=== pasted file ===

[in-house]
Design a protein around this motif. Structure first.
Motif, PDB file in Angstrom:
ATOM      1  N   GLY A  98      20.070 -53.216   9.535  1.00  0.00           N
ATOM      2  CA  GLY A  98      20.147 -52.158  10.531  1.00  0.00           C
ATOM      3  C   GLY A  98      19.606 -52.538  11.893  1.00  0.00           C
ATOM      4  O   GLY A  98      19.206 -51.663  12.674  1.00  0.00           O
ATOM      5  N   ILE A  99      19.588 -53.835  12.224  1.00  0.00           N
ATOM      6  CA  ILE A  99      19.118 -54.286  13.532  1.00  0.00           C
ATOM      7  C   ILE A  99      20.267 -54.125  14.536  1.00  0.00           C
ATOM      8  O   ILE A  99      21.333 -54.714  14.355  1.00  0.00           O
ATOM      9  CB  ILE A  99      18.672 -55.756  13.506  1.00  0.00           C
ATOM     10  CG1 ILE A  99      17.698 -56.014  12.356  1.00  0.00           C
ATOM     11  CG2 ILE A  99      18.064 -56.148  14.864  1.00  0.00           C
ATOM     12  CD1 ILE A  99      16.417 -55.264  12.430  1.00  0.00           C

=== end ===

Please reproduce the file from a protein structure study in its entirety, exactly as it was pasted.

[in-house]
Design a protein around this motif. Structure first.
Motif, PDB file in Angstrom:
ATOM      1  N   GLY A  98      20.070 -53.216   9.535  1.00  0.00           N
ATOM      2  CA  GLY A  98      20.147 -52.158  10.531  1.00  0.00           C
ATOM      3  C   GLY A  98      19.606 -52.538  11.893  1.00  0.00           C
ATOM      4  O   GLY A  98      19.206 -51.663  12.674  1.00  0.00           O
ATOM      5  N   ILE A  99      19.588 -53.835  12.224  1.00  0.00           N
ATOM      6  CA  ILE A  99      19.118 -54.286  13.532  1.00  0.00           C
ATOM      7  C   ILE A  99      20.267 -54.125  14.536  1.00  0.00           C
ATOM      8  O   ILE A  99      21.333 -54.714  14.355  1.00  0.00           O
ATOM      9  CB  ILE A  99      18.672 -55.756  13.506  1.00  0.00           C
ATOM     10  CG1 ILE A  99      17.698 -56.014  12.356  1.00  0.00           C
ATOM     11  CG2 ILE A  99      18.064 -56.148  14.864  1.00  0.00           C
ATOM     12  CD1 ILE A  99      16.417 -55.264  12.430  1.00  0.00           C